Ambrose, Bishop And Hieroconfessor Of Podolsk

Bishop Ambrose, in the world Alexander Alexeyevich Polyansky, was born on December (according to another source, November) 12, 1878 in the village of Petelino, Yelatomsk uyezd, Tambov province, in the family of a priest. In 1899 he finished his studies at the Tambov theological seminary. In 1901 he was tonsured and ordained to the diaconate. In 1902 he was ordained to the priesthood, becoming a hieromonk of the Kiev Caves Lavra. In 1903 he graduated from Kazan Theological Academy with the degree of candidate of theology, and was appointed a teacher in the Kiev theological seminary. In 1906 he became rector of the Kiev seminary with the rank of archimandrite. On October 22 / November 4, 1918, he was consecrated bishop of Vinnitsa, a vicariate of the Kamenets-Podolsk diocese. In 1922 he was transferred to the see of Kamenets-Podolsk and Bratslav. There he struggled well against renovationism. In 1923 he was arrested "for hiding former White officers" and exiled to Kharkov, and in 1924 - to Moscow. On april 12, 1925 he took part in the burial of Patriarch Tikhon and signed the act transferring the leadership of the Church to Metropolitan Peter. On November 30, 1925 he was imprisoned in the Moscow Butyrki prison, where he remained in the inner prison until May. On May 21 he was sentenced to three years in a concentration camp, and from June, 1926 to March, 1929 he was on Solovki. In July, 1926 he took part in signing the "Epistle of the Solovki Bishops" to the Soviet government. In April, 1929 he was transferred to Tobolsk (according to another source, Tashkent) via prison in Sverdlovsk. In 1930 he was in exile in Alma-Ata.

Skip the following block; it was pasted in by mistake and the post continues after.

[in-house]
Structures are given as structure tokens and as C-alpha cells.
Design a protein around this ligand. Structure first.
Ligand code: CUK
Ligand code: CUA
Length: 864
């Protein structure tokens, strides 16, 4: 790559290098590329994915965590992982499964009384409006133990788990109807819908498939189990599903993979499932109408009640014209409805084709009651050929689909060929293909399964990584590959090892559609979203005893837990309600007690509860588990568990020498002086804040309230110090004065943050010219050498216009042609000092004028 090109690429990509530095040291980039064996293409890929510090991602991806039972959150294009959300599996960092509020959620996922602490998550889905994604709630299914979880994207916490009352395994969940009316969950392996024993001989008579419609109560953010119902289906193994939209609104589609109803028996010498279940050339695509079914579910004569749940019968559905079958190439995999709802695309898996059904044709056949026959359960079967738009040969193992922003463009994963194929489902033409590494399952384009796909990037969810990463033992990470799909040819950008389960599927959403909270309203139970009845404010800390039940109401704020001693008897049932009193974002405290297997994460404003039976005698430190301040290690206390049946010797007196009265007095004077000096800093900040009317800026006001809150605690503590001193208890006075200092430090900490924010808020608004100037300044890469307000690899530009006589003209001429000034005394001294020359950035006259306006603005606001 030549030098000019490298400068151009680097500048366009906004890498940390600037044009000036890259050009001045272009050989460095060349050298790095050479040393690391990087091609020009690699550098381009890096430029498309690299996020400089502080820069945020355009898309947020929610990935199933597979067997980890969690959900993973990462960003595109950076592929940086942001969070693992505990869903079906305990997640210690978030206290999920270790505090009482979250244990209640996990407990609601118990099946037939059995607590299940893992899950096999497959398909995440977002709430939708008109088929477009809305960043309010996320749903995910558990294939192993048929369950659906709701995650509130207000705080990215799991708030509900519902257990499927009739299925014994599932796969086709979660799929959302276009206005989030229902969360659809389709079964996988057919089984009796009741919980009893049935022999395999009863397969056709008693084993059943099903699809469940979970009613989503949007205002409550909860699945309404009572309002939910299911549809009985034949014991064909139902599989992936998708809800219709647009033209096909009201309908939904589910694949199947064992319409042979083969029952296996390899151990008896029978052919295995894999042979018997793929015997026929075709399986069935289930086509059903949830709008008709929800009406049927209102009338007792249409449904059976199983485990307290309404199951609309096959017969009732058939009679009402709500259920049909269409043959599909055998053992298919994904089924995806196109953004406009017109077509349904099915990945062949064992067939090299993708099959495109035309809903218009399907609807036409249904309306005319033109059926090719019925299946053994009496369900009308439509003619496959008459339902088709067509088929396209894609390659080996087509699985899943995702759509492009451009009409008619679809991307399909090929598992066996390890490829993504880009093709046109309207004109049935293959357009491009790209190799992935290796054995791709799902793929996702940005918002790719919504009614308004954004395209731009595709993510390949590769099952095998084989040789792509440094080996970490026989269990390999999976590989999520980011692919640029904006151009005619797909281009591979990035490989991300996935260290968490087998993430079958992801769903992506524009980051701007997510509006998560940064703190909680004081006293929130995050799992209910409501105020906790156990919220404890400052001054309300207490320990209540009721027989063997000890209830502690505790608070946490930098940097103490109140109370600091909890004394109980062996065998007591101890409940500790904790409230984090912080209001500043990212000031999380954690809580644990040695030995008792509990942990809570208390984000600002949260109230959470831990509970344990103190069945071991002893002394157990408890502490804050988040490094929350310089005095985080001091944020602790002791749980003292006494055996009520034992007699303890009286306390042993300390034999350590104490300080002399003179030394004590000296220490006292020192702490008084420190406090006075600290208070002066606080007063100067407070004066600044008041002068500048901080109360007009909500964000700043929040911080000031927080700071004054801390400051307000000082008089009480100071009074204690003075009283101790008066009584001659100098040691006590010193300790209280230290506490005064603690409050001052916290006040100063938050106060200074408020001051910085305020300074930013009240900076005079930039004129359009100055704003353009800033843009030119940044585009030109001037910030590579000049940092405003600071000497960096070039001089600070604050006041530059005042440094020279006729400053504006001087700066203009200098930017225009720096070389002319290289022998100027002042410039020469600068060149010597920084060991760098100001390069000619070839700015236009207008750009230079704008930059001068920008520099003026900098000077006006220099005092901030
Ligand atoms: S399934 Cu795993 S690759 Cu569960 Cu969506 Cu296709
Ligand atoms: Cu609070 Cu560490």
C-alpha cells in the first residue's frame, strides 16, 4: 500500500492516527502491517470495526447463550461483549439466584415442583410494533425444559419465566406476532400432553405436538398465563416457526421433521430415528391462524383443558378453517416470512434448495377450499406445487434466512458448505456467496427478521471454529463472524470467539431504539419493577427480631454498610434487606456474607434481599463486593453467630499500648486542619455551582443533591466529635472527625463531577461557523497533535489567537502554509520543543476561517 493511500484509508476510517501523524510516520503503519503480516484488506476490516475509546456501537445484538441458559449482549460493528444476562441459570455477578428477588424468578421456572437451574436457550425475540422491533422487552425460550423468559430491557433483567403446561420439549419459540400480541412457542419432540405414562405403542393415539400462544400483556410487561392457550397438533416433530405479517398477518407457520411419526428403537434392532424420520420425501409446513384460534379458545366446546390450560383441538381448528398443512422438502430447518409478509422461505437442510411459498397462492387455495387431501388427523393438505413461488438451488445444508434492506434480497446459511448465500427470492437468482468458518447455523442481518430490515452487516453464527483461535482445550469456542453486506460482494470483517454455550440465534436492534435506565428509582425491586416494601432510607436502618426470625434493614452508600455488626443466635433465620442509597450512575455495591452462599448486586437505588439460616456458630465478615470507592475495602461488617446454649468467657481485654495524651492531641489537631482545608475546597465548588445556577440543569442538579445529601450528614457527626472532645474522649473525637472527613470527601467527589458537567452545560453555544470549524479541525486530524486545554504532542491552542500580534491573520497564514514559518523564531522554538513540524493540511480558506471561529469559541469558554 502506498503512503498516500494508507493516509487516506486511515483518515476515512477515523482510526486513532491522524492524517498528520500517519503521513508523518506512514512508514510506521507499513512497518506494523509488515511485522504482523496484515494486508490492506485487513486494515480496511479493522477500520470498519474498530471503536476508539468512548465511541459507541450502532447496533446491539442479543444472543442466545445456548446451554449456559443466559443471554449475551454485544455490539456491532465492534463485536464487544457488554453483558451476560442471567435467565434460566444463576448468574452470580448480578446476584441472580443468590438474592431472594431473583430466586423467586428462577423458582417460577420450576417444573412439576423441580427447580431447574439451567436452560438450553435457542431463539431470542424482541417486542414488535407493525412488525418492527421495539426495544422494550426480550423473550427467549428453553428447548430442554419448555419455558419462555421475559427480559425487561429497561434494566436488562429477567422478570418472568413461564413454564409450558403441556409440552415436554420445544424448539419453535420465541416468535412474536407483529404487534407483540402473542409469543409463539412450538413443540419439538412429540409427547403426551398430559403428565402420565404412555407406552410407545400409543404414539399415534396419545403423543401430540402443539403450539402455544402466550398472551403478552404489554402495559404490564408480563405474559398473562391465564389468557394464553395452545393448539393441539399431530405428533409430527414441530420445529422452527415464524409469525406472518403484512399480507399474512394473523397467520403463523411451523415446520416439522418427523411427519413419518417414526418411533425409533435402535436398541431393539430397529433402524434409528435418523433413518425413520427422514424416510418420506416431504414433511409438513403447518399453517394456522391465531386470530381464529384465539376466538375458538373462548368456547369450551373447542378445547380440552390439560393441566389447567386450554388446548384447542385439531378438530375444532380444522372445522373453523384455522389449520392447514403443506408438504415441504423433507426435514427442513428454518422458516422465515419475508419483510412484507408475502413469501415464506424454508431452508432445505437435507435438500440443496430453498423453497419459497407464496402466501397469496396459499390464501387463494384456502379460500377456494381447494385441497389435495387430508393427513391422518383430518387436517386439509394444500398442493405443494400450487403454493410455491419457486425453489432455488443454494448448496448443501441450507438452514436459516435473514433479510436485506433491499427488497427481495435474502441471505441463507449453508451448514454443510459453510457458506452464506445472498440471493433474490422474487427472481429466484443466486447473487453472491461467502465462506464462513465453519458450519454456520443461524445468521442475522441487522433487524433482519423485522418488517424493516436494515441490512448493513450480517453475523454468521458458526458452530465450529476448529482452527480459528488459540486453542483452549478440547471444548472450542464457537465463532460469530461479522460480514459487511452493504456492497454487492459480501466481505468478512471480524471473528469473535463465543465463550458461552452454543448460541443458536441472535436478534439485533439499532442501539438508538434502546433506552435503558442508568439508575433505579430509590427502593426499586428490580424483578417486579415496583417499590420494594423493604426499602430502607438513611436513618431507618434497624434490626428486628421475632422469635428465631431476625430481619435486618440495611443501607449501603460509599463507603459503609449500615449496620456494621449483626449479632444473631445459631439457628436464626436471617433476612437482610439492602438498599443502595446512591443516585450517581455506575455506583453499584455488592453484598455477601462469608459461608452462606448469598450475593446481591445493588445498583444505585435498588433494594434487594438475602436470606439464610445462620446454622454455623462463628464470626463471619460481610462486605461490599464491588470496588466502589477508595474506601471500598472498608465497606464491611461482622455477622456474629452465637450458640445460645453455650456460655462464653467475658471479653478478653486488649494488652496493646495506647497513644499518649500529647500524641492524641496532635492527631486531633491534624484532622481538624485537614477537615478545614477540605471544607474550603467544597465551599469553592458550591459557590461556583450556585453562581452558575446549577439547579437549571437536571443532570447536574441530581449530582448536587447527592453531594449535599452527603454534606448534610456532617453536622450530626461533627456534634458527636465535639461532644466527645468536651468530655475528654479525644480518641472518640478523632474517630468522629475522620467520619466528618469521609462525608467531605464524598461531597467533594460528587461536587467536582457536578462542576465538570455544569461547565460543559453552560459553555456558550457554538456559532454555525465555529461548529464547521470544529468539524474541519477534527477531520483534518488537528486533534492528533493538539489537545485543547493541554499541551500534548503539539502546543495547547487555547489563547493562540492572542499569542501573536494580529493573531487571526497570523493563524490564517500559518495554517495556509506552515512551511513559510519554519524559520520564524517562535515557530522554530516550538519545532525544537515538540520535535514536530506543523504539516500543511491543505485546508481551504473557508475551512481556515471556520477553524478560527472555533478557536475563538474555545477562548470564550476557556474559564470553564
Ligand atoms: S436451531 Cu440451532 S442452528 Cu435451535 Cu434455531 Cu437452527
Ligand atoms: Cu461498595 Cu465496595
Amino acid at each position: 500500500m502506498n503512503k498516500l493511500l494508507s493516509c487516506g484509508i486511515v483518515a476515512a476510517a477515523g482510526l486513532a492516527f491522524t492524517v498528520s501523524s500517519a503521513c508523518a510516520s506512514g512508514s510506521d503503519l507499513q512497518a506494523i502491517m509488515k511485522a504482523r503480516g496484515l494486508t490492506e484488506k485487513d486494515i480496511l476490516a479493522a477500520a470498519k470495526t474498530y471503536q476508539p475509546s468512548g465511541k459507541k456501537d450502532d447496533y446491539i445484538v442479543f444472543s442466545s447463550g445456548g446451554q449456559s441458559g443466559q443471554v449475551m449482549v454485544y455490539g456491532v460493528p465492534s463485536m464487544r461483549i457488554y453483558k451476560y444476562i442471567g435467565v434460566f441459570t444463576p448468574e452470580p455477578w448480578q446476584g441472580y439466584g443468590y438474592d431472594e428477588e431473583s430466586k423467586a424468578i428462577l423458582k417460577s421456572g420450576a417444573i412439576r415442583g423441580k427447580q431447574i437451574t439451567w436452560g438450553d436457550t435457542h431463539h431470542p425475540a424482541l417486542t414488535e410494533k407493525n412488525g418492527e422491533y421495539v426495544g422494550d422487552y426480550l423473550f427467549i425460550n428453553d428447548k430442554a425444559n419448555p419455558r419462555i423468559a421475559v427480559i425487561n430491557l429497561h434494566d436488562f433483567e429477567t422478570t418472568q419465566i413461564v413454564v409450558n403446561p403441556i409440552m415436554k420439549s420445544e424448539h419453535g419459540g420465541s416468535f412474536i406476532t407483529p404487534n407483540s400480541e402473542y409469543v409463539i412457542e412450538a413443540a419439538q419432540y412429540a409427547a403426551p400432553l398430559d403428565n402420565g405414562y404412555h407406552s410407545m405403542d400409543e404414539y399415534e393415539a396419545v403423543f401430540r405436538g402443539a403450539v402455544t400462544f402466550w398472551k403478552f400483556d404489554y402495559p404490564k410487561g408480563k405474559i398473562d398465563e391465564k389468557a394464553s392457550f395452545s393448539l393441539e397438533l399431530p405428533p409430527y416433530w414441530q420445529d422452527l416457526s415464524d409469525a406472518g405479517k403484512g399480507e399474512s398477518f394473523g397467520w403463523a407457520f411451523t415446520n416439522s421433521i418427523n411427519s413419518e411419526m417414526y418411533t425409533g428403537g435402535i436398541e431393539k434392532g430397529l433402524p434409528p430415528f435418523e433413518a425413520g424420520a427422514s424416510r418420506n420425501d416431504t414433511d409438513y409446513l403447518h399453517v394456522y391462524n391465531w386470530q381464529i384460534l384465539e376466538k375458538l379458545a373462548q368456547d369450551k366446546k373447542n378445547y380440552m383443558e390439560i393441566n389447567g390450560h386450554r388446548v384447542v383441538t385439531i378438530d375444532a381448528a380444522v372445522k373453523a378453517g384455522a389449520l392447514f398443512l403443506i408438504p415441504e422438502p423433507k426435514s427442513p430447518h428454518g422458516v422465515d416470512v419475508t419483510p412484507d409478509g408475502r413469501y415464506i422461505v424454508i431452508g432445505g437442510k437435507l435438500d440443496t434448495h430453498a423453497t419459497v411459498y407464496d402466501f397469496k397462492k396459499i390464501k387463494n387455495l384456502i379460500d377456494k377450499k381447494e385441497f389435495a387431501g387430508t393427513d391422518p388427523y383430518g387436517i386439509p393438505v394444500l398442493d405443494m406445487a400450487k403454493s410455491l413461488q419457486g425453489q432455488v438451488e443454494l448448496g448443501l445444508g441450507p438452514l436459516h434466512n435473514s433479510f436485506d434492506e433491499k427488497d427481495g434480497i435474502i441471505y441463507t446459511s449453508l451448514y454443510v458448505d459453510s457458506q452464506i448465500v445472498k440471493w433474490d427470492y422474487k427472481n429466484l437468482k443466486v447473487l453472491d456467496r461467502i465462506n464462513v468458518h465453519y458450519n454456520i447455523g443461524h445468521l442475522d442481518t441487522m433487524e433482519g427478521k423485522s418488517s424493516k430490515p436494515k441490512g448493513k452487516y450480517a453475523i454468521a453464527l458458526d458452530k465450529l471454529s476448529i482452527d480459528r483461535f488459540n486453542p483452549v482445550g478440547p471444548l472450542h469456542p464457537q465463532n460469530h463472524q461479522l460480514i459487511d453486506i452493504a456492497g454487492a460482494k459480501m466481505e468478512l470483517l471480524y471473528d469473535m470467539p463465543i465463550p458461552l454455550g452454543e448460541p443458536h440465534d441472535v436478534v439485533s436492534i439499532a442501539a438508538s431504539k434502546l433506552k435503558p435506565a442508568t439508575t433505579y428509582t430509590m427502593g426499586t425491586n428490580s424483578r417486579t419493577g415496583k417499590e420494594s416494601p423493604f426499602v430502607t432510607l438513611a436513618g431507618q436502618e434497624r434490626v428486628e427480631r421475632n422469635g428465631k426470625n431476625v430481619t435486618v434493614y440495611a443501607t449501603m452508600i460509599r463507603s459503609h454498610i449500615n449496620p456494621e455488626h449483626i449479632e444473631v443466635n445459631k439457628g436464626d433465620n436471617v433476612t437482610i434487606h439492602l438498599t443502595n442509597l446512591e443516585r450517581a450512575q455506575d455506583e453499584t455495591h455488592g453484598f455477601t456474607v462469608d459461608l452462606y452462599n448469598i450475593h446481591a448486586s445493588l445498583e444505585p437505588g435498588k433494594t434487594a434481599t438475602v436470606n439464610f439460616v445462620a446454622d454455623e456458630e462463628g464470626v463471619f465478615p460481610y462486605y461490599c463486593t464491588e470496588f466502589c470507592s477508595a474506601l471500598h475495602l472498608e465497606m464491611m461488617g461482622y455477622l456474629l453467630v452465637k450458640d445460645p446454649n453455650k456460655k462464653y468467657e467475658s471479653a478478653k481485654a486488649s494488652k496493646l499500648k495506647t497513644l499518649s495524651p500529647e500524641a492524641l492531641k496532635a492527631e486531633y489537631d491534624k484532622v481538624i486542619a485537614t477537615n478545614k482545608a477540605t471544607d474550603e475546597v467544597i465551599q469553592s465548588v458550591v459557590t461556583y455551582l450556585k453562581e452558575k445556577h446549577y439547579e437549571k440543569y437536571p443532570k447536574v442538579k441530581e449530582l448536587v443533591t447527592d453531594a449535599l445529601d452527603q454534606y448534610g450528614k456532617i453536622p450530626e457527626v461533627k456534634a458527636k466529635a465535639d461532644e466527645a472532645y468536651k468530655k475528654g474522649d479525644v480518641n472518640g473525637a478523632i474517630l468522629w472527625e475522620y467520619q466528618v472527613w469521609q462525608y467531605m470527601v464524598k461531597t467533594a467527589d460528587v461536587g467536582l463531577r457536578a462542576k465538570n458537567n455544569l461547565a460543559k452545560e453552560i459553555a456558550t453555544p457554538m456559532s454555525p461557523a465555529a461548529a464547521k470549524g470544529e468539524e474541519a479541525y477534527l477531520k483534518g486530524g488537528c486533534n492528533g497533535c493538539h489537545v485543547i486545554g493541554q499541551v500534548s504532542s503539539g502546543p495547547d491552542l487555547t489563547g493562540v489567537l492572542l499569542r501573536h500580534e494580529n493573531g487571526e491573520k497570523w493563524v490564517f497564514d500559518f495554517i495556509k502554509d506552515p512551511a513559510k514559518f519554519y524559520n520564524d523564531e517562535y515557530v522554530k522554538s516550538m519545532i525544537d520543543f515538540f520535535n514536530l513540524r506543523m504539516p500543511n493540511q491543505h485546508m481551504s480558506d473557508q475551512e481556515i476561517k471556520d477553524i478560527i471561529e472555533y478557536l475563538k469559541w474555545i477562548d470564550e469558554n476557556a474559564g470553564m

According to one source, he died in the summer of 1927 in Kazakhstan. According to another (Bishop Athanasius Sakharov), he died in 1932. It is known that at the beginning of 1932 he and Archbishop Procopius (Titov) raised Igumen Feogen to the rank of archimandrite. According to Protopresbyter Michael Polsky, "Archbishop Ambrose died in 1934 of sun-burns and stomach pains in the 'Hungry Steppe' of Kazakhstan, on the road from Chimkent to a distant settlement."

(Sources: M.E. Gubonin, Akty Svyatejshego Tikhona, Patriarkha Moskovskogo i Vseya Rossii, Moscow: St. Tikhon's Theological Institute, 1994, pp. 837, 961; Russkiye Pravoslavnye Ierarkhi, Paris: YMCA Press, 1986, p. 12; Protopresbyter Michael Polsky, Noviye Mucheniki Rossijskiye, Jordanville, 1949-57, part 1, p. 180; Besedy Starogo Svyashchennika, Moscow: Palomnik, 1995, p. 217; Lev Regelson, Tragediya Russkoj Tserkvi, 1917-1945, Paris: YMCA Press, 1977, pp. 530, 535; Krest na Krasnom Obryve, Moscow, 1996, p. 107; Ikh Stradaniyami Ochistitsa Rus', Moscow, 1996, p. 90; Pravoslavnaya Rus', N 14 (1587), July 15/28, 1997, p. 6; Za Khrista Postradavshiye, Moscow: St. Tikhon's Theological Institute, 1997, pp. 72-73)





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